Negro Cook at Home Where Frank Lived Held by the Police


Another in our series of new transcriptions of contemporary articles on the Leo Frank case.

Atlanta Georgian

Monday, June 2nd, 1913

Woman Questioned by Dorsey, Becomes Hysterical; Solicitor Refuses to Tell Whether She Gave Important Information; Alibi for Defense.

Minola Mcknight, the negro cook in the household of Mr. and Mrs. Emil Selig, 68 Georgia Avenue, with whom Leo M. Frank lived, was put through the severest sort of grilling in the office of Solicitor Hugh M. Dorsey Monday in an effort to break down Frank’s alibi which tends to show that he was at home about the time James Conley swore the notes found by Mary Phagan’s body were written.

The negro woman grew histerical [sic] and her shrieks and protestations could be heard through the closed door. She maintained to the end of the two hours of rapid-fire questioning, however, that Frank had arrived home by 1:30 o’clock the Saturday afternoon of the crime.

She was taken into custody on information said to have been furnished by her husband. She later was taken to the police station to be held under suspicion. The details of her statements to the solicitor and the full import of the information said to have been disclosed by her husband have been shrouded with the utmost secrecy by Solicitor Dorsey. It is said, however, that she declared to the last that Frank had arrived home by 1:30 o’clock to her positive knowledge.

Her sobs and hysterical cries were heard soon after she entered the office of the solicitor. Mr. Dorsey was able to quiet her for a few minutes at a time, when it is supposed he obtained her statement of Frank’s whereabouts on Saturday, April 26, so far as she knew. At detective headquarters, the officers were non-commital as to the nature or value of the testimony that the engro [sic] woman had given.

It was on the negro cook that the defense had relied to assist in proving an alibi for Frank when his case comes to trial this month.

The woman was in hysterics at police headquarters and kept shouting, “I am going to hang but I didn’t do it. I don’t know a thing about it.”

Four Others to Testify.

Four other persons will be prepared to testify at the trial of Leo M. Frank that he arrived at home for luncheon at 1:20 o’clock the Saturday afternoon that Mary Phagan was killed, which would have been an impossibility, the defense will assert, if Frank had directed the disposal of the body and dictated the notes at the time the negro alleges.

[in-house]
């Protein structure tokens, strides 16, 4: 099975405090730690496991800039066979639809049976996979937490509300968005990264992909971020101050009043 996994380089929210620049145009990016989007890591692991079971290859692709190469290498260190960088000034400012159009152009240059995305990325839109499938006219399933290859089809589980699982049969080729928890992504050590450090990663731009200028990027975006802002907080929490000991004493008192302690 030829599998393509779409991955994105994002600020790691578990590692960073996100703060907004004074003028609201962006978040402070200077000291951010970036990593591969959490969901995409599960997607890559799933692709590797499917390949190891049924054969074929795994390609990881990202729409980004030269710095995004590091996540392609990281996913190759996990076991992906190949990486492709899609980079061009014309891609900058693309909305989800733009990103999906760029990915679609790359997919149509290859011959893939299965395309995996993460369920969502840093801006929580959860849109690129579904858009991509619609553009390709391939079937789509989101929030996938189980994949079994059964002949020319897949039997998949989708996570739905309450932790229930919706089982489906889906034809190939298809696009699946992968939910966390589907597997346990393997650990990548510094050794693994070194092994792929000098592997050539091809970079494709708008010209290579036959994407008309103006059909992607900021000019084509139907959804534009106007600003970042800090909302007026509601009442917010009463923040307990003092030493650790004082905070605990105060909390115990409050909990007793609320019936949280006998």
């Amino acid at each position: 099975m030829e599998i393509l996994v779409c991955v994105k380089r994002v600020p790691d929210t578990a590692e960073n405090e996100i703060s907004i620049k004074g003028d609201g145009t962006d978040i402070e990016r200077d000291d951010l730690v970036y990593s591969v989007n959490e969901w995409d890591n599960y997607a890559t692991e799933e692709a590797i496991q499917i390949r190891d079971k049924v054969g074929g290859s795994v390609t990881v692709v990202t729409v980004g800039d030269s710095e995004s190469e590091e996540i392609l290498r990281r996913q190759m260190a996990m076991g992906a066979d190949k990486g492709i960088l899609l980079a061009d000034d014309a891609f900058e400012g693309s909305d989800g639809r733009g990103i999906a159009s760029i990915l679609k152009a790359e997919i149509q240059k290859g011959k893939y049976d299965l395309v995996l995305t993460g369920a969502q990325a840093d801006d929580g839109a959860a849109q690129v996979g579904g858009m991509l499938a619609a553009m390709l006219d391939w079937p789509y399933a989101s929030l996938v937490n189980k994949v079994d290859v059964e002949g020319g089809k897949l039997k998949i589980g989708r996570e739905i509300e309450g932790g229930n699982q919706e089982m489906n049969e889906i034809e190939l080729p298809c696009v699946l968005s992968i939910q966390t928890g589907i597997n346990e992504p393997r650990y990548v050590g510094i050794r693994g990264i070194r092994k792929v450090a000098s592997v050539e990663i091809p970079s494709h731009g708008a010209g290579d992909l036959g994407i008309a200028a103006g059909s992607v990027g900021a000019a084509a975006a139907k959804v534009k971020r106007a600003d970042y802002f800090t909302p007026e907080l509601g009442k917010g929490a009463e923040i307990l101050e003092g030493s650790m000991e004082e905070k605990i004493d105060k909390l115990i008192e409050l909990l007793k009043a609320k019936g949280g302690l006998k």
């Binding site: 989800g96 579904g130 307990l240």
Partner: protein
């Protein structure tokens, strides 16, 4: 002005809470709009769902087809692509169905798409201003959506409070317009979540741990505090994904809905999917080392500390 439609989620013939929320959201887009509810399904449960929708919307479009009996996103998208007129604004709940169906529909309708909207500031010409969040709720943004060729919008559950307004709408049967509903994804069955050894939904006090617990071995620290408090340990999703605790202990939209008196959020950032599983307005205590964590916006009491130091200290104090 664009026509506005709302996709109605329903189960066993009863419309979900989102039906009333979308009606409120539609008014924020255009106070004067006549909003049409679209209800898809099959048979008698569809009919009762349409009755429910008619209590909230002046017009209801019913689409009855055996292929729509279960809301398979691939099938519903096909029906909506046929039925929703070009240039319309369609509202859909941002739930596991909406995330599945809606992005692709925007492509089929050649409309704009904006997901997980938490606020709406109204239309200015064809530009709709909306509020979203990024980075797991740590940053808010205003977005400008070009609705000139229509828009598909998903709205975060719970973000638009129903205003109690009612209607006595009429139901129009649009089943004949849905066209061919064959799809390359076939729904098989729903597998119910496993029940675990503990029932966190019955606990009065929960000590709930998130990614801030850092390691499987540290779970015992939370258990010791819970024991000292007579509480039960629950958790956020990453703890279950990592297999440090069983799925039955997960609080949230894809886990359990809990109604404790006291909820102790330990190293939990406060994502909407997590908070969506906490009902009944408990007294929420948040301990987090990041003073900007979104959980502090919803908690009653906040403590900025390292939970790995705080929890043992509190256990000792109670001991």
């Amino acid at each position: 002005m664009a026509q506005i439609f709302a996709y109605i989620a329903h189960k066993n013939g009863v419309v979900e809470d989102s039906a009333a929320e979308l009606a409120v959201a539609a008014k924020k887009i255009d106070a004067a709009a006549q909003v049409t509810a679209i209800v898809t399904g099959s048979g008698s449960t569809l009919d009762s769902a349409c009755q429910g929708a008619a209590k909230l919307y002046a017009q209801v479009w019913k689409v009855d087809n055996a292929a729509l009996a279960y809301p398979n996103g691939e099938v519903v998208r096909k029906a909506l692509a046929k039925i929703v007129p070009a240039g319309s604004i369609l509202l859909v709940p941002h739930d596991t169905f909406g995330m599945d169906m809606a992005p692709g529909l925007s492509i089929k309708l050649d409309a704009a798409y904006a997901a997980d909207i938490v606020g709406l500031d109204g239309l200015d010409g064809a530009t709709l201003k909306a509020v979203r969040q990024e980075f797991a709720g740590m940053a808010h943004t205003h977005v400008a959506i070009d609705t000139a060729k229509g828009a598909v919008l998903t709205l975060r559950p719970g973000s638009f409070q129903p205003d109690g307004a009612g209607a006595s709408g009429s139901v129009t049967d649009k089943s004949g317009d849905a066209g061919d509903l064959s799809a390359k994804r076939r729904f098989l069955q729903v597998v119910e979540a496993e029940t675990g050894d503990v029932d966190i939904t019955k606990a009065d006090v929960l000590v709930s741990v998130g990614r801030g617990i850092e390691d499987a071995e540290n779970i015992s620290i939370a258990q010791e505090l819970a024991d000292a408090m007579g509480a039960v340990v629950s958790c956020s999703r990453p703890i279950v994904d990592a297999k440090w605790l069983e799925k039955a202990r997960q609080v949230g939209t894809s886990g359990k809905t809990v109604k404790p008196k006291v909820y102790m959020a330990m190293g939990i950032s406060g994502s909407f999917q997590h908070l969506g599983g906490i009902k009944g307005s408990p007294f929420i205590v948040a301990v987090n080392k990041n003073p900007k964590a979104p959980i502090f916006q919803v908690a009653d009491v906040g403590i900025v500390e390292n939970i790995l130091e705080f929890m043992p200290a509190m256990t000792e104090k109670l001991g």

Information leading to the woman’s arrest is said to have come from statements made by her husband, Albert McKnight.

According to report, Albert is said to have informed detectives of a statement made by his wife to the effect that Frank did not return to his home until midnight on the night of the murder. This allegation is contrary to Frank’s statement before the coroner’s jury.

The negro woman is also declared to have said that Mrs. Frank complained the following morning that Frank kept her awake that night by his extreme nervousness.

Minola declares that her husband is lying. She refused to swear to the statements attributed to her by her husband when taken before Solicitor Dorsey. She declader [sic] that Albert’s stories were prompted by a quarrel she had with him some time ago.

Differences in Stories.

Testimony before the Coroner’s jury by Frank and others indicated strongly that he was at home by 1:20 the afternoon of the crime. Conley in his affidavits declared that he went into Frank’s office at four minutes before 1 o’clock. He said that after a conversation of a few minutes Frank heard voices and shoved Conley into a closet. Miss Corinthia Hall and Mrs. Emma Clark entered, Conley was kept a prisoner in the closet, he said, for eight or ten minutes.

It was after this, he said, that Frank asked him if he could write. Conley swore in his affidavit that he answered in the affirmative, and that he was directed to write several notes, most of which began: “Dear mother, a long tall black negro did this by hisself.”